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The jungle lodge at Blanquillo is locally known as a Tambo. It is a typical communal jungle building called “maloca”, in which one can feel safe and comfortable and still enjoy the surrounding wildlife. The main Tambo is designed following the architectural guidelines of the native huts (communal houses in the Amazon). The housing is austere but surprisingly comfortable and fresh, thanks to the design of the roof, which beside being high, which aids ventilation, is made of many combed leaves of Shebon a typical palm that grows in the area, which cushions the jungle heat. At night, lighting is provided through solar panels and LED lights that provide the necessary illumination in a discrete approach. There are 20 rooms including doubles, triples and singles, all with very comfortable beds. Bath area is not private but commonly shared, but still retains, sufficient privacy due to its design. Hot water is provided by solar panels. 
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  The new dining room located overlooking the Madre de Dios River, is equipped to accommodate over 40 people, plus a bar area to relax, watch and especially enjoy the beauty of nature and especially at moonrise, where, in combination with fireflies and the sound of nocturnal animals, provide the sensation of being in a magical world of total tranquility. The same feeling you get at sunrise, when the sounds of the awakening forest transport you to never-never land, all due to the extraordinary location of this facility. (B/L/D)

Day 4:  Macaw Lick (B/L/D)

At first light we head to the macaw lick to watch the dazzling spectacle of hundreds of parakeets, parrots and big macaws eating clay. In the afternoon we visit another one of Manu's beautiful oxbow lakes and later visit a 42-meter high canopy tower.
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The Blanquillo macaw clay lick is a section of the banks of the Madre de Dios River of 6 meters height and 250 meters long. This area is an early and daily meeting point of several families of orange-cheeked parrot (Pionopsitta barrabandi), blue-headed parrot (Pionus mentrus), mealy parrot (Amazona farinosa) and more small parakeets . A little later arrive, red and green macaws (Ara chloroptera) and the scarlet macaw (Ara macaw); also a common visitor is the piping guan (Pipile cumanensis). Not only birds use this clay wall as a source of needed antacids. Not surprisingly, mammals such as tapirs (Tapirus terrestris), red deer (Mazama americana), howler monkey (Alouatta seniculus) can be found. The act of eating clay performed by these animals is mainly to neutralize their pH, which has been acidified as a consequence of eating green fruits and also to absorb various nutrients of this wonderful clay which are not found in their daily diet.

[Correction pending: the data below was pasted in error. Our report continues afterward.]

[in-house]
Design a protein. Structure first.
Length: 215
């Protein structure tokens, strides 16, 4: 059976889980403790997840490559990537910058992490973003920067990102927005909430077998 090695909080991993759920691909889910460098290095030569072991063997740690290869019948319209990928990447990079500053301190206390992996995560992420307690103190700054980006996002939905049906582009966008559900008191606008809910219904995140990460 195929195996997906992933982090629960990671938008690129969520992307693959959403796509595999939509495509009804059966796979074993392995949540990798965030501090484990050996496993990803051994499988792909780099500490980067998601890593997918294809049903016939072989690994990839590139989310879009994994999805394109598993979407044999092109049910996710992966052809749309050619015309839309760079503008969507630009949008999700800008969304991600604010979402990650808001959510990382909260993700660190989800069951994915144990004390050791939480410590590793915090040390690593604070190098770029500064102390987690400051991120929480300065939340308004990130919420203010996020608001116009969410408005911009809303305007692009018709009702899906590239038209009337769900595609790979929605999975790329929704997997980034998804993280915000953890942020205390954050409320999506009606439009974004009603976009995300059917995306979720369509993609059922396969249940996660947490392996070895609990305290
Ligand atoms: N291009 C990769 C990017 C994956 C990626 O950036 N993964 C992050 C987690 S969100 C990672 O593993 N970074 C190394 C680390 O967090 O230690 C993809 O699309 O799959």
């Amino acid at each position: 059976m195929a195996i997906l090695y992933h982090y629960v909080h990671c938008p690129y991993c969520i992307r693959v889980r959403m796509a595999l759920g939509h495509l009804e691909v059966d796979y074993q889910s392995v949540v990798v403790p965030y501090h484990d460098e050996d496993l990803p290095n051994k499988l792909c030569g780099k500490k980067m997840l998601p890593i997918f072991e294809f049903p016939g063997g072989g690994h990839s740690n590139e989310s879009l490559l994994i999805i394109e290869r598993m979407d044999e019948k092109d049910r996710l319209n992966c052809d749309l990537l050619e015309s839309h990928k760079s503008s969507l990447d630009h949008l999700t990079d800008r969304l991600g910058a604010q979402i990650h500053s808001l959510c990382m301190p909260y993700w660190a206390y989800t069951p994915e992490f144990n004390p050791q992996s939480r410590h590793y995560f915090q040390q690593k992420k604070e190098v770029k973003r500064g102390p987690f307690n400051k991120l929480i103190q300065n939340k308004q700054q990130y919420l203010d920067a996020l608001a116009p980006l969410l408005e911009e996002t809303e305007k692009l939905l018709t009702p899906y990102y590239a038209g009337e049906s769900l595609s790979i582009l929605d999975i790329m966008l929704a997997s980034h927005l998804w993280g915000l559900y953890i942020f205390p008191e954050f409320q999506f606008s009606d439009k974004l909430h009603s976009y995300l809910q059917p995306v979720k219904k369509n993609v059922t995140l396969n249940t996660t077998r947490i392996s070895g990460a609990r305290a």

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Observation platform or blind is a platform-observatory of 8 meters high and 50 meters long, that can accommodate 100 visitors. This amazing building, very well located only 50 meters from the wall of the clay lick, which allows extraordinary photos of the daily bird activity without the need for very expensive lenses and due to its positioning, it?s possible to take very sharp pictures when the early morning sun light bathes the clay wall. Comfortable swivel chairs and a long table used for equipment support or to take notes ,enables to notice in total tranquility, the stunning work of parrots, macaws, parakeets and other birds and animals attending this clay lick. A hearty breakfast is served in the comfort of this location. To enter, you have to arrive early in the morning (5:20 am) and do a 26 minute walk ( at normal pace) through a trail that crosses a secondary forest, where you can find various species of birds, reptiles, and the possible presence of tapirs, deer, agouti and peccary.